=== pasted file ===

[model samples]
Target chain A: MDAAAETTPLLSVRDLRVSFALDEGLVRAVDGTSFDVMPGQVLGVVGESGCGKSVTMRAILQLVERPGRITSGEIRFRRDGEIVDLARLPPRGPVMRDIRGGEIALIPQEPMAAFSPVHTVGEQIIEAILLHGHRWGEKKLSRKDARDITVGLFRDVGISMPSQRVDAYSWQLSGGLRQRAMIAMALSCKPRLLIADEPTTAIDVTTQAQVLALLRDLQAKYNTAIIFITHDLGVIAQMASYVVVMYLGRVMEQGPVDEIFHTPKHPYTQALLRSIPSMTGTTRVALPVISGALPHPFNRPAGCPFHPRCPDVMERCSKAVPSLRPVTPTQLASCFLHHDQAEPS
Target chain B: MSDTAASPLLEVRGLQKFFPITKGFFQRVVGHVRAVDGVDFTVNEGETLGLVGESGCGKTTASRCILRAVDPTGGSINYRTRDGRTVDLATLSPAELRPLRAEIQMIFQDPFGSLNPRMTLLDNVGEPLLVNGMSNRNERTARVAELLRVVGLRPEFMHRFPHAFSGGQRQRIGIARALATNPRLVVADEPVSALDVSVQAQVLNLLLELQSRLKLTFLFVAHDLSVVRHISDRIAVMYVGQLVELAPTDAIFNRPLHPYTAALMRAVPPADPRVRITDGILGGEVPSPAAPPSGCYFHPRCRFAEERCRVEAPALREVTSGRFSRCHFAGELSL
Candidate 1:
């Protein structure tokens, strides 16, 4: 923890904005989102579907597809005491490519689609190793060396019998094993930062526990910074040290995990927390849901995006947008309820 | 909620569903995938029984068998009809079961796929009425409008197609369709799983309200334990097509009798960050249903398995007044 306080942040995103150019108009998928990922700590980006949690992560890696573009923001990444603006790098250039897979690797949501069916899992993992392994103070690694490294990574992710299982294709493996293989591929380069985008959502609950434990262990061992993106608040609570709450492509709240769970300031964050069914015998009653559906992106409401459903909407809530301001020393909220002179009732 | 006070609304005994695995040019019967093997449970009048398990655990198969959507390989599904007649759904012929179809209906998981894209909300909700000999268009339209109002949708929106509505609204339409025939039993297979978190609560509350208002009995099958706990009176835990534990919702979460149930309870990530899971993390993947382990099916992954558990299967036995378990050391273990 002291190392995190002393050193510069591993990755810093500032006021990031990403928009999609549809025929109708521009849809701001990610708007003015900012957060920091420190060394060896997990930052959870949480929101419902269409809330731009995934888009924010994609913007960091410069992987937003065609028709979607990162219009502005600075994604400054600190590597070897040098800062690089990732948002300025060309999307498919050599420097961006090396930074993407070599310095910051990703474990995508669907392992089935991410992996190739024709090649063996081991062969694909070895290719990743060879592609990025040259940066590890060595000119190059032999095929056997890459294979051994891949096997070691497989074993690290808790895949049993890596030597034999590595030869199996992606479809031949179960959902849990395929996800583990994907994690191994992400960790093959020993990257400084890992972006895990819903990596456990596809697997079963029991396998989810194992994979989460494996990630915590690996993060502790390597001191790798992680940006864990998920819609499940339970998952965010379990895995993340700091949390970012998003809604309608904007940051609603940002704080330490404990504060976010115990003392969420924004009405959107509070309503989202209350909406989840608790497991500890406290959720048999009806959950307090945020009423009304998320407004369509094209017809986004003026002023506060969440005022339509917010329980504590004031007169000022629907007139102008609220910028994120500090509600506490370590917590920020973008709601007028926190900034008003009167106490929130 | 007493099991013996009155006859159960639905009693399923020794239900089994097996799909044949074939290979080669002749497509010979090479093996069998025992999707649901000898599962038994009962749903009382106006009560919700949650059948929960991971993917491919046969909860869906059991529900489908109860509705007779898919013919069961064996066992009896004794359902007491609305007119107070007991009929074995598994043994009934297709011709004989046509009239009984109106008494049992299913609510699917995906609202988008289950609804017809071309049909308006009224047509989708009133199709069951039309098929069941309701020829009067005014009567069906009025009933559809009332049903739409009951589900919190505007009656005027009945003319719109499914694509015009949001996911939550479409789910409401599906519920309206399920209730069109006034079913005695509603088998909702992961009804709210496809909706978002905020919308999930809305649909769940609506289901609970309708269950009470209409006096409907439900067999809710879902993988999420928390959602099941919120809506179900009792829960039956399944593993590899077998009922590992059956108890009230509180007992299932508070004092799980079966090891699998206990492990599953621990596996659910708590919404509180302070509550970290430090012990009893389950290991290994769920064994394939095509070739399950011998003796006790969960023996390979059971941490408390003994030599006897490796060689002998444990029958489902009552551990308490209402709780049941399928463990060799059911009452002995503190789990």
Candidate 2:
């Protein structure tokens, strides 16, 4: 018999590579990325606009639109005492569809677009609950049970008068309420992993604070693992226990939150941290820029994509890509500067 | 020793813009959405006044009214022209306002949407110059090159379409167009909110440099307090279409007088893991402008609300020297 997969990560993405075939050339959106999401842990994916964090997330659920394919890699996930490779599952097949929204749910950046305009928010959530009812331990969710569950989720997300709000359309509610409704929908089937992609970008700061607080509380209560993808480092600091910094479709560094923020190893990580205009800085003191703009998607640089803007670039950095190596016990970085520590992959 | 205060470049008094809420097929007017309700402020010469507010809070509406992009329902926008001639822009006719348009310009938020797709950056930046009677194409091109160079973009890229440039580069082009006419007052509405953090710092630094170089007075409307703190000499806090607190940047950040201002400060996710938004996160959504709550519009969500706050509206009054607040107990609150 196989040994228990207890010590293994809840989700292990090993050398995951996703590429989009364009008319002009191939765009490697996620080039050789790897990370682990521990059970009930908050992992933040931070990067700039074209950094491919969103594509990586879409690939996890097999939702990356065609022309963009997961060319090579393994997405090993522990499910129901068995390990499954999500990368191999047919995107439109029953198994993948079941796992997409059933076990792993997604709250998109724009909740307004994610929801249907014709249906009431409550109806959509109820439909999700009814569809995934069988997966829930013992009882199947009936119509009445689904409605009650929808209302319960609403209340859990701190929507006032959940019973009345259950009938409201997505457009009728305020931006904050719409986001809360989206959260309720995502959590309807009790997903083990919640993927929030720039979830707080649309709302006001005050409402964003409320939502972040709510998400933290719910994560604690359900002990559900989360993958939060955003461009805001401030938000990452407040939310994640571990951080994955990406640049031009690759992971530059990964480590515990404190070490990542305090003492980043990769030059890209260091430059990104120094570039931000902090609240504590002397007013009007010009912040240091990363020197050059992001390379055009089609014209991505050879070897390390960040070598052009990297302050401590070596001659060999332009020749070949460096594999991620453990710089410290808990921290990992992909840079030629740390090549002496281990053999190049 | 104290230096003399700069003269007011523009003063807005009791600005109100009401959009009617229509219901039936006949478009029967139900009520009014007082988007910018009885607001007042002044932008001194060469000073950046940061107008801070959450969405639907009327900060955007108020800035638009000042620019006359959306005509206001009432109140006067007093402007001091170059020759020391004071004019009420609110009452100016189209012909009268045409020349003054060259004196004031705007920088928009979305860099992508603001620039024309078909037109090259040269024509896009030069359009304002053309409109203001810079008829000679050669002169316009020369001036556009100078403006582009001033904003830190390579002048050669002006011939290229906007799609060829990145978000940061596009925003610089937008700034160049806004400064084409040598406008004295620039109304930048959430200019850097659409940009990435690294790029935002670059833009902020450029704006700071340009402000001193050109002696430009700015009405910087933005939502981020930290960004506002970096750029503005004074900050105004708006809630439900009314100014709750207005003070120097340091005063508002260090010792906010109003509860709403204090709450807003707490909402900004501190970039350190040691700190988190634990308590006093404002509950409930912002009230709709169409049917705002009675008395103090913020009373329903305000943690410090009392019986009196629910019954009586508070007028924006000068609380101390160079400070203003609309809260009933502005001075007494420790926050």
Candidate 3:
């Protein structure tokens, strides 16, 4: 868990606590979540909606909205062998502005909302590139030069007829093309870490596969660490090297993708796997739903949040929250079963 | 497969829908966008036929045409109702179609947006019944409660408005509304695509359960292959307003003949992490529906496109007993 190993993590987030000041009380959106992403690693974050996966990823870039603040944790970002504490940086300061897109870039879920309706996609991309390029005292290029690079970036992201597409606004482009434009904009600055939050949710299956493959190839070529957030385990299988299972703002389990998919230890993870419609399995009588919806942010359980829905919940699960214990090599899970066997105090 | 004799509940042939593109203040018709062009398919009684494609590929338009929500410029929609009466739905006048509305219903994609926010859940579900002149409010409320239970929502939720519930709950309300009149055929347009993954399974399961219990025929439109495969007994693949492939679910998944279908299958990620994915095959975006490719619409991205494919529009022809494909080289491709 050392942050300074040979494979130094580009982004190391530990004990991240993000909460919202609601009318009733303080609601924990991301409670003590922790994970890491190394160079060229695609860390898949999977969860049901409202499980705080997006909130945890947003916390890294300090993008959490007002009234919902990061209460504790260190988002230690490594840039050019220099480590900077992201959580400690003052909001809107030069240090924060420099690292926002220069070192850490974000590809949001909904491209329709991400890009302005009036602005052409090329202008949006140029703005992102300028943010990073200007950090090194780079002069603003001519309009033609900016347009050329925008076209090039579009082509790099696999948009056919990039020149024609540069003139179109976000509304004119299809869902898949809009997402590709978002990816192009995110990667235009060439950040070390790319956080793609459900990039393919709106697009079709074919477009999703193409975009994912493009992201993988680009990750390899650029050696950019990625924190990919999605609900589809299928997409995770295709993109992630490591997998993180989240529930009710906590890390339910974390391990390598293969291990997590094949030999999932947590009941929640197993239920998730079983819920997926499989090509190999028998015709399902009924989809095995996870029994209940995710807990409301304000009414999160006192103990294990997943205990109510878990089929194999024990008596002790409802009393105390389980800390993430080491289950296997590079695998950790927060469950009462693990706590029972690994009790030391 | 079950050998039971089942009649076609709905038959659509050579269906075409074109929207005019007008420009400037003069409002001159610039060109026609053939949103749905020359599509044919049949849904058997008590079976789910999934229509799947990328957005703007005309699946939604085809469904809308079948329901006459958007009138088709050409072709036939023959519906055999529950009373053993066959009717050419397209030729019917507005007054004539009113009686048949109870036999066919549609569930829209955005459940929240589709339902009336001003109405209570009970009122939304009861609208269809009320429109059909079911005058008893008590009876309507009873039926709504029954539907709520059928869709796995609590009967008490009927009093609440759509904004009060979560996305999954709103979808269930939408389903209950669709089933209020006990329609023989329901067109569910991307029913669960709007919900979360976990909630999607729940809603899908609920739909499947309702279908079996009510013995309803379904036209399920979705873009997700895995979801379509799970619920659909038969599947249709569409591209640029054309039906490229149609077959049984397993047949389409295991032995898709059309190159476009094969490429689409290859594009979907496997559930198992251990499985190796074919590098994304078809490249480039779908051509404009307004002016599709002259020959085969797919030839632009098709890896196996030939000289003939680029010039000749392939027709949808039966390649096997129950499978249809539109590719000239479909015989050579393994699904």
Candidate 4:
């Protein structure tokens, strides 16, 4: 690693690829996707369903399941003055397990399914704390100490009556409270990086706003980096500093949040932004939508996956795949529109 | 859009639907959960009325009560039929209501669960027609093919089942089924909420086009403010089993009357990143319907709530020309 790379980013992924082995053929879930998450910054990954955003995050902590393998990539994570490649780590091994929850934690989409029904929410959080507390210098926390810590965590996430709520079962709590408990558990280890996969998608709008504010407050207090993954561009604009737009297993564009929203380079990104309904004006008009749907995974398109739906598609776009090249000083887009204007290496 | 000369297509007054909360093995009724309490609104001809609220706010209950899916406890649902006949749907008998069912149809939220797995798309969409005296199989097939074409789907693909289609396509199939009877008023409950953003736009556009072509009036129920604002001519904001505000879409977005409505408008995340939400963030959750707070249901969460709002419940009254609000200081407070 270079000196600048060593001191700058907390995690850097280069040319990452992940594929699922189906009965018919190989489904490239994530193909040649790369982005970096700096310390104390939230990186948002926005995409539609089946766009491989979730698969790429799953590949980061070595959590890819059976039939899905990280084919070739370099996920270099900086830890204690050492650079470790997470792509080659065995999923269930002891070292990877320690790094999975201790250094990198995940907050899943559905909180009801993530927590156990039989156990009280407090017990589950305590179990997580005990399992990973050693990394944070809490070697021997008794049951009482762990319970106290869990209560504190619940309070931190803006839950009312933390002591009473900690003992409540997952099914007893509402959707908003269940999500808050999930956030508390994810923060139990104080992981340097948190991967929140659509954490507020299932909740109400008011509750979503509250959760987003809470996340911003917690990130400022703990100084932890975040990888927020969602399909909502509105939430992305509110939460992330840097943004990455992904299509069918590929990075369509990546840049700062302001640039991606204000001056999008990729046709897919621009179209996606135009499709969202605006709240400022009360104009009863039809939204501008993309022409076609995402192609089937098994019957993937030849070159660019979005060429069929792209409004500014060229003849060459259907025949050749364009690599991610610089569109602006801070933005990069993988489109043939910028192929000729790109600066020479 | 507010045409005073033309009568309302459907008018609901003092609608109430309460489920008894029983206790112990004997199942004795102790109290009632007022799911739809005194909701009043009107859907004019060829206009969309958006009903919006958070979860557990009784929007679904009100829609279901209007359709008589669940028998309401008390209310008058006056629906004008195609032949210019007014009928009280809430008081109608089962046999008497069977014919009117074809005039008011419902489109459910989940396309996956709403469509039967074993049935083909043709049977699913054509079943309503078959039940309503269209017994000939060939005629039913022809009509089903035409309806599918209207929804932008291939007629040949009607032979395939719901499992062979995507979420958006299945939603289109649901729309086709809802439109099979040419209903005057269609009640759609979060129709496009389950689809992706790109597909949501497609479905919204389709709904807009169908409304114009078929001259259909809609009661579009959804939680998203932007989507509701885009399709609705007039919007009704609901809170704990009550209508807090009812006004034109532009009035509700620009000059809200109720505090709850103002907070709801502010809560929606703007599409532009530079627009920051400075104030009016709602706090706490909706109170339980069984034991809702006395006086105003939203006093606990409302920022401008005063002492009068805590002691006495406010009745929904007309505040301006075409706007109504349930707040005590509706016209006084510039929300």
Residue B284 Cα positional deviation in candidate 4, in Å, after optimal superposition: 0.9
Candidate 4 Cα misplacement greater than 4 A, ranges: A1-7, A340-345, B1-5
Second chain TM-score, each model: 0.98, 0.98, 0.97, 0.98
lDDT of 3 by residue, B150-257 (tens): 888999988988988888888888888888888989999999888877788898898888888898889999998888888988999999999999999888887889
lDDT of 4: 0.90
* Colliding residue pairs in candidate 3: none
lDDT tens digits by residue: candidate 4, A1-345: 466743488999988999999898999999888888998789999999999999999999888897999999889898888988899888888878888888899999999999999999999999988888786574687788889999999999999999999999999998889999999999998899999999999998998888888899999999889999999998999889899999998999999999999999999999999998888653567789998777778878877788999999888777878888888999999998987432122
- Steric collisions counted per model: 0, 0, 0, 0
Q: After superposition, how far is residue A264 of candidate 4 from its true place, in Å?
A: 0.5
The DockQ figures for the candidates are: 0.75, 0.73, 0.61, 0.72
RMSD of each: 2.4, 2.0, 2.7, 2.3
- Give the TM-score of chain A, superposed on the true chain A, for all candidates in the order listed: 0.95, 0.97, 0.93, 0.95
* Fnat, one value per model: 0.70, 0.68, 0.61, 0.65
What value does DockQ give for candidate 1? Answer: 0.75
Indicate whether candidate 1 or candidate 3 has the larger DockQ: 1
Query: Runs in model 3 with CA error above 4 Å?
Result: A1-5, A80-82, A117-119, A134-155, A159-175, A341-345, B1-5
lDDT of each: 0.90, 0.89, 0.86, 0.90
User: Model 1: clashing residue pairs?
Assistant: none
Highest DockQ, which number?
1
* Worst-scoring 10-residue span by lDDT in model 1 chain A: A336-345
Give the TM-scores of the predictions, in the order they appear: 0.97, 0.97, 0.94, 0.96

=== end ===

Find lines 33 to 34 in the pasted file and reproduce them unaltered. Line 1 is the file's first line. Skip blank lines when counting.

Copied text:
Highest DockQ, which number?
1